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Recent Farm Bills and Benefits to Farmers

  • Categories
    Yojana/Kurukshetra
  • Published
    27th Jan, 2021
  • Indian Agriculture is characterised by millions of farmers cultivating more than 200 field, horticultural and plantation crops across the country in three distinct seasons ofKharif, Rabi and Zaid (summer) on over 141 million hectares of cultivated land.
  • This generates more than 1000 million Tonnes of farm produce taking together foodgrains, oilseeds, sugarcane, and fibre crops.

Characteristics of the agricultural produce marketing in India:

  • Over the period, the Marketed surplus ratio (MSR)of all the commodities has increased, so much so that in crops like sunflower and safflower the marketed surplus ratio is 100 and cotton and jute close to 100 (GOI, 2019). In other crops also, the MSR has increased substantially during recent years.
  • These produces arrive in huge bulk in the market in a very short span of time, many a time, beyond the absorption capacity of the domestic demand and the management capacity of the existing market infrastructure and the system.
  • The price discovery in the markets of APMCs except for those which are under e-National Agriculture Market (eNAM) has been opaque and heavily monopolistic, in the hands of select aggregators and commission agents.
  • Contract farming in the past on crops like tomato, potato, barley, etc. in Punjab and Rajasthan and elsewhere had mixed response and farmers at large had reservations in entering the contracts.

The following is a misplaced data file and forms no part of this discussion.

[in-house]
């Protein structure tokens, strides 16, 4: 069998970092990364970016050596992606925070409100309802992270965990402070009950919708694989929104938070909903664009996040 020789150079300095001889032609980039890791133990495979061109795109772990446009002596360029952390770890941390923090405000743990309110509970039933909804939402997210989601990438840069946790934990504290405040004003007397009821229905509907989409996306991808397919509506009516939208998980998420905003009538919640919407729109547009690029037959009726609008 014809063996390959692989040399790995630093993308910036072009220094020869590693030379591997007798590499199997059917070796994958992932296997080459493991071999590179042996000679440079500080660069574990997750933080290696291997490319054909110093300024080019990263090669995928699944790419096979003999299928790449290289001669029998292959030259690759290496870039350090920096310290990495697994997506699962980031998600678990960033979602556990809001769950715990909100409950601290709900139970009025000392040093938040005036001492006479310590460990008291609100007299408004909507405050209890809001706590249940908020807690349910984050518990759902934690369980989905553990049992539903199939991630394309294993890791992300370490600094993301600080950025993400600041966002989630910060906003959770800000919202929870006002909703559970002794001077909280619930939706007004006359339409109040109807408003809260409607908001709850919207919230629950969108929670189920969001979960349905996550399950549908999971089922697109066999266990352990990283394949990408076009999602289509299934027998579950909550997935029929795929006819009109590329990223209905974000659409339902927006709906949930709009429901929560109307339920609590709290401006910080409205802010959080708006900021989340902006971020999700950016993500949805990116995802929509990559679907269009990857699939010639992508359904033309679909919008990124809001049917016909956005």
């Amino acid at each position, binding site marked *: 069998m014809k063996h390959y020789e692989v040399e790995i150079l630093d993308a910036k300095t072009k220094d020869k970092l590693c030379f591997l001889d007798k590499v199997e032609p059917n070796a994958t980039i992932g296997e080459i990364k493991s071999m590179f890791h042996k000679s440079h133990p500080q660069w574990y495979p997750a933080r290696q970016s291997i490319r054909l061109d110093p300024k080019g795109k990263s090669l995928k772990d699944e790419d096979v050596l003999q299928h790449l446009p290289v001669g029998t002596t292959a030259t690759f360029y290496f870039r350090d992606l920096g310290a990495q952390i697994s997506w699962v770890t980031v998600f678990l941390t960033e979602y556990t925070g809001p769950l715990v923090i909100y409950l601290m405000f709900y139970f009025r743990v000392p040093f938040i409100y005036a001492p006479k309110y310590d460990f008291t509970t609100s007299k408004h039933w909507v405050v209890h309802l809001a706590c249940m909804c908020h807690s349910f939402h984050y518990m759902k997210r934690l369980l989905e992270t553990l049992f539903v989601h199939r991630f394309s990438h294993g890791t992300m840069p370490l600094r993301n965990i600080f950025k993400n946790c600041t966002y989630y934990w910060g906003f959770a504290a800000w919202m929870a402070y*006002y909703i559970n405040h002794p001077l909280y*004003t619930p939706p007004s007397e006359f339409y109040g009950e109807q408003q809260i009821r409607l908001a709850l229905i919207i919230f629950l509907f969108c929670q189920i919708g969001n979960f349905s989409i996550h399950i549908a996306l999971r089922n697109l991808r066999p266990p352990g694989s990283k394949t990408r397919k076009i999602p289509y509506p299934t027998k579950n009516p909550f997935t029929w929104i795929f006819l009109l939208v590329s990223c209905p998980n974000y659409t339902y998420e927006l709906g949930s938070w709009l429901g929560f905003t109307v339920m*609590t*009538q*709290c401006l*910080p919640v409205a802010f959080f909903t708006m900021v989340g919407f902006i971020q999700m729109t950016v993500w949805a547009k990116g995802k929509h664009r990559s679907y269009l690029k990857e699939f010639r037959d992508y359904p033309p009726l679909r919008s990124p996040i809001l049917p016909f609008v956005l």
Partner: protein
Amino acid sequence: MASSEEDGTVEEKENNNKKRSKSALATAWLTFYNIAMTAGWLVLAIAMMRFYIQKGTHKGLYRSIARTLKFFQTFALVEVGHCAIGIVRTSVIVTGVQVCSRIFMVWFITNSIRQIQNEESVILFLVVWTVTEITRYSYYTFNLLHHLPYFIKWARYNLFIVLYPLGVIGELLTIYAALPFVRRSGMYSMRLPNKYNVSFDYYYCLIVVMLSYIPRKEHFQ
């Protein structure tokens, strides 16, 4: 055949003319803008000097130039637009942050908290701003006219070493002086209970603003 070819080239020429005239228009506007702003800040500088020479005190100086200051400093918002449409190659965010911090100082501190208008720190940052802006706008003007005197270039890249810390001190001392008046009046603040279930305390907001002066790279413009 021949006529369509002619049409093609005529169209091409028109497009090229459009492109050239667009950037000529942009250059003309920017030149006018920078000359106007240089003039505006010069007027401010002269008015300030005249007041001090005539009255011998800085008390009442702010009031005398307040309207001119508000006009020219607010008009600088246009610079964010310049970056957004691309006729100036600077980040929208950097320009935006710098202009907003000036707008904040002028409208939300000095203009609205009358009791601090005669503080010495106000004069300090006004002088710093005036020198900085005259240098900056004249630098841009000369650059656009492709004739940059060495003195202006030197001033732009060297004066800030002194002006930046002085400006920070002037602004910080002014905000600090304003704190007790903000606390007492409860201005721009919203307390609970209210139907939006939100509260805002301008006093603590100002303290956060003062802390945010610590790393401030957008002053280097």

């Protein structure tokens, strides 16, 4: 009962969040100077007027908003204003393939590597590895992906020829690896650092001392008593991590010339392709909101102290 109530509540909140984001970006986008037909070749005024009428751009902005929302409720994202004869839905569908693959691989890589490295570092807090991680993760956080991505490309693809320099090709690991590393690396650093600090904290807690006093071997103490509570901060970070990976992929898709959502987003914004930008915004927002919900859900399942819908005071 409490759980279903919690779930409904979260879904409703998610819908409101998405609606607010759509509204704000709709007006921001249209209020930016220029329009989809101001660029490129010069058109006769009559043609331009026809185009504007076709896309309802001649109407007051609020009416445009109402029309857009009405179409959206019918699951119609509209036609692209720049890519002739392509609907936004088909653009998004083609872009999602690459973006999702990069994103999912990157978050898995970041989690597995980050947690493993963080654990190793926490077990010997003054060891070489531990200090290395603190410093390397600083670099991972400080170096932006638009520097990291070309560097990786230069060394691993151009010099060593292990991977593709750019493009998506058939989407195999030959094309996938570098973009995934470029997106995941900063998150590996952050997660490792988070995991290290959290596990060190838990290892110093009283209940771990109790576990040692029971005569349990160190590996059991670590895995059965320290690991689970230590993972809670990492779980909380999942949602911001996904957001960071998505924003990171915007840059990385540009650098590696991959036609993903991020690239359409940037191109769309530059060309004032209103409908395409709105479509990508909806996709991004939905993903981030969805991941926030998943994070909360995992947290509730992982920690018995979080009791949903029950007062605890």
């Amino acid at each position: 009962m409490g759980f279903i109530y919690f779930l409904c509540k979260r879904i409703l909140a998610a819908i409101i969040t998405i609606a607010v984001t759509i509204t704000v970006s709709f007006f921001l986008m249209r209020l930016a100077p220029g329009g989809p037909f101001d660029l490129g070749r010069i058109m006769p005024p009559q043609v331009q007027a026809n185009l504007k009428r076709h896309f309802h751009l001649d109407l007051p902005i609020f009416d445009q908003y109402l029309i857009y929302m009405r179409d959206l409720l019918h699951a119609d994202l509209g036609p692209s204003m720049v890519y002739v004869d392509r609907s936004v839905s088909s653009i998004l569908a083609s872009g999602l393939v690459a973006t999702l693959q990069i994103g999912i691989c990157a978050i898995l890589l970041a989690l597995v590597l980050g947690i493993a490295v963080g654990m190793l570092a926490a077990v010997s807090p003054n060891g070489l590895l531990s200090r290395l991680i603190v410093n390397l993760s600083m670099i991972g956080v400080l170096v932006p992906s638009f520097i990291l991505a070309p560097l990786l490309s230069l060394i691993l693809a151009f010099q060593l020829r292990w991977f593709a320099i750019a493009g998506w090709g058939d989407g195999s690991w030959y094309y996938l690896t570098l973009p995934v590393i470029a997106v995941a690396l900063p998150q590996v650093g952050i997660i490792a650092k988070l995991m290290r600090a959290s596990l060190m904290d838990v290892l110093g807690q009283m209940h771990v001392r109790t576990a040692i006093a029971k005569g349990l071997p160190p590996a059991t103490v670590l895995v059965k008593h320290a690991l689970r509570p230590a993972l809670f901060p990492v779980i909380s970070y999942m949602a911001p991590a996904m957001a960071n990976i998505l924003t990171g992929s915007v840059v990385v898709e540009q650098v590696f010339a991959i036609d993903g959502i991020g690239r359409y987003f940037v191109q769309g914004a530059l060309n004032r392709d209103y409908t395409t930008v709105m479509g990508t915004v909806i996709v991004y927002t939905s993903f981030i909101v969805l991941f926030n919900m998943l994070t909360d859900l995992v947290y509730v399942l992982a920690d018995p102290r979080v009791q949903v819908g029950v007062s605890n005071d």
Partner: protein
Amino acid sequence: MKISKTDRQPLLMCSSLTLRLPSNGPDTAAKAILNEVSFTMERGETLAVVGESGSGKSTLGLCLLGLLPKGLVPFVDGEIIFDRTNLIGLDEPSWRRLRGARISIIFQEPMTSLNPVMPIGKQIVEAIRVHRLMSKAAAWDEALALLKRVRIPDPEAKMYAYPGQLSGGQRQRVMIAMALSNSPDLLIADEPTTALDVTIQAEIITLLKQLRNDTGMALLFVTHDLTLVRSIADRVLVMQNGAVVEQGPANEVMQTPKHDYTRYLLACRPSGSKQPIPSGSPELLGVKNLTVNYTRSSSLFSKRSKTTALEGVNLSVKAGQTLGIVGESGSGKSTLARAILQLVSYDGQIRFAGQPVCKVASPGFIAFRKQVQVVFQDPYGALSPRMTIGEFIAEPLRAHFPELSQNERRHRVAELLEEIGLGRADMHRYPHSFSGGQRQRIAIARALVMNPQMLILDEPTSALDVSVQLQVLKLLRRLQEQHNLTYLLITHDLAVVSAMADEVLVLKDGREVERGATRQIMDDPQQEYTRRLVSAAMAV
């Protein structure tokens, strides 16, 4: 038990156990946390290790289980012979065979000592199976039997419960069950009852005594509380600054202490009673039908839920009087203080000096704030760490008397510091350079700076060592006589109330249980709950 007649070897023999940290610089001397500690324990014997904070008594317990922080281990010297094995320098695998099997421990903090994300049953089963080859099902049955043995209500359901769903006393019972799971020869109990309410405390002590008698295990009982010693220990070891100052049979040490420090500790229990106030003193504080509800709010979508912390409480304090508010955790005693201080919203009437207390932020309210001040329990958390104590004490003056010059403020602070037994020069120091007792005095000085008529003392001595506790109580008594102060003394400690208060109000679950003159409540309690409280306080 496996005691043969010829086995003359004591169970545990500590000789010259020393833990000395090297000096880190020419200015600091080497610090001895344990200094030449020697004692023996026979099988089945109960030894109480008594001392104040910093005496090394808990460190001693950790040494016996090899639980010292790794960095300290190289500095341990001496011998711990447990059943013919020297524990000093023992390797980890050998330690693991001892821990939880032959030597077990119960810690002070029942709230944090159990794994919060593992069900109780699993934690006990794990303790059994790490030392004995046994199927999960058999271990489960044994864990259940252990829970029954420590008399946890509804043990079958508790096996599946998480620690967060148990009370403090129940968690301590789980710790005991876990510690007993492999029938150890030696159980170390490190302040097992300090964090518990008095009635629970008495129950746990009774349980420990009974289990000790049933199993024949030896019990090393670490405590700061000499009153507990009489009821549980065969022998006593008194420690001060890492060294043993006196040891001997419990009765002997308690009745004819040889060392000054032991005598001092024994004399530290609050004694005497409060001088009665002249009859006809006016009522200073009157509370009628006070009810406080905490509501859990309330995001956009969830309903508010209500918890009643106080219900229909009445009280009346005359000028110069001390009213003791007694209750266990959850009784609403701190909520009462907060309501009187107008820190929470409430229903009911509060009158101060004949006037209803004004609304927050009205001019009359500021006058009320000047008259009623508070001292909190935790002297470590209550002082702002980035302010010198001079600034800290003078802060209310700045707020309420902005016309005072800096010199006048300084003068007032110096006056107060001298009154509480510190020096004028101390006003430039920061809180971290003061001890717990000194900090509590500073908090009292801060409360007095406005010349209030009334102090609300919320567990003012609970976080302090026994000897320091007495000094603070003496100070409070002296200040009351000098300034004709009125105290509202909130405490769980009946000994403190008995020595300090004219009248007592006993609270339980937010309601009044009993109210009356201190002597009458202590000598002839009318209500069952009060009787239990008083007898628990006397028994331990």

• The investment and active private participation have been dismally low due to frequent imposition of the essential commodity act (ECA) limiting the storage. It cut on the larger private investment and proved prohibitive rather than facilitative.

On June, 2020, the Government promulgated three ordinances on farmers' produce trade and commerce; farmer agreement of price assurance and farm services; and essential commodity. Subsequently, the three Bills were passed by the Parliament on 20 September, 2020 to replace the ordinances.

However, a fraction of farmers, farmer bodies and experts started expressing the serious apprehensions about these Bills that these laws will lead to:-

  • Withdrawal of MSP,
  • Deprivation of the farmers from their lands in favour of big private players,
  • Hoarding of essential commodities.

These apprehensions, though imaginative, have somehow percolated deeply in a section of the farmers, the largest being those who have been the biggest beneficiaries of APMC dominated procurements and the price realisation.

The Farmers' Produce Trade and Commerce (Promotion and Facilitation) Bill, 2020

Problems Addressed:

  • Post 1991 liberalisation, the income gap of the farmers and non-farm worker has been widening reflecting that the benefits of the reforms in farm sector were too little and fragmented and could not boost the income of the farmers.
  • India is likely to produce huge surplus of agricultural commodities in next 10 years (NITI Aayog, 2018), much beyond the absorption capacity of the domestic market.
  • For import substitution of edible oils, fruits and nuts and other agricultural items, we require investment for post-harvest infrastructure, and logistics which has not been coming due to restrictive regulations of the APMCs/ECA.
  • Encouraging the small and marginal farmers (SMF) to diversify towards high-value crops.
  • The agriculture markets are too sparse and fragmented leading to glut and the price crash in some markets while shortage and high prices at major demand centres.
  • The agriculture census 2015-16 has put more than 86 percent farmers under small and marginal category with average holdings of 0.38 ha to about 68.5percent farm households. This means the likely surplus with them for offering to sale is low and much low to approach any APMC mandi individually due to lack of economy of scale.